An analysis of the contents of media programmes from the interviewees’ perspectives indicates ethnic groups’ overt and covert dissatisfaction with the performance of the media active in the country. According to the participants, the domestic audiovisual media are directed towards the assimilation of Iranian ethnic groups, while the Persian respondents exhibit somewhat greater satisfaction with the performance of the Islamic Republic of Iran Broadcasting. Of course, the interviewees also argue that the provincial audiovisual channels do not perform better than the national broadcasting.

Charts 7 (elite) and 8 (public) show levels of satisfaction with the provincial and national channel programmes of the Islamic Republic of Iran Broadcasting.

Charts 7 and 8: Satisfaction with radio and television – elite (top) and public (bottom)

In the conditions of censorship and control of the media, the audience definitely functions as a group of activists, seeking an alternative by searching for media with similar orientations. This has been confirmed by the results obtained from the interviews with the different ethnic groups.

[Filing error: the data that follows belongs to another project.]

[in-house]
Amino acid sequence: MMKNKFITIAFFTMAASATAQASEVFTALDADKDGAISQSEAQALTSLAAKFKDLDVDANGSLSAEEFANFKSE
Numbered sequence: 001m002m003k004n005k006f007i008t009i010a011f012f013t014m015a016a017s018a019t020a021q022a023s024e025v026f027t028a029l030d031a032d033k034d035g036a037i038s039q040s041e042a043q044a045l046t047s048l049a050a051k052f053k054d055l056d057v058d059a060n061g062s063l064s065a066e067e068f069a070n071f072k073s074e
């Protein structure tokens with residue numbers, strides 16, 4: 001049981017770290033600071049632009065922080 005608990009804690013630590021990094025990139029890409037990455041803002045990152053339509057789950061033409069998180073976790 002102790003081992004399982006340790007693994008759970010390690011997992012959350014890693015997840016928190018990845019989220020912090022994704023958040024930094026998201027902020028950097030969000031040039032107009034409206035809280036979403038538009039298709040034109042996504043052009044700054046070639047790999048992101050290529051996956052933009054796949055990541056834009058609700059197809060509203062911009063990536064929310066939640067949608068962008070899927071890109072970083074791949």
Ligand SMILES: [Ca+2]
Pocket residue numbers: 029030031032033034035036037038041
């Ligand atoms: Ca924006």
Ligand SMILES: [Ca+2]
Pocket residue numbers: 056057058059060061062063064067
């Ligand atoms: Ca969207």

Exclusion of Cultures

Under conditions of ethnic and cultural diversity, it is the quality of management that determines whether it should be considered a threat or regarded as an opportunity. However, the interests of particular groups within governments and their inabilities to manage ethnic-cultural diversity usually direct matters towards exclusion.

Part of the data obtained from the research participants reveals a cultural monopoly of the Persian ethnic group, which has led to the deterioration of the rich Iranian culture and cultural diversity. This is severely imposed by the Azeris on the Kurds and other social groups in West Azerbaijan Province, to the extent that some participants in this study used the term ‘colonisation in colonisation’ to refer to it.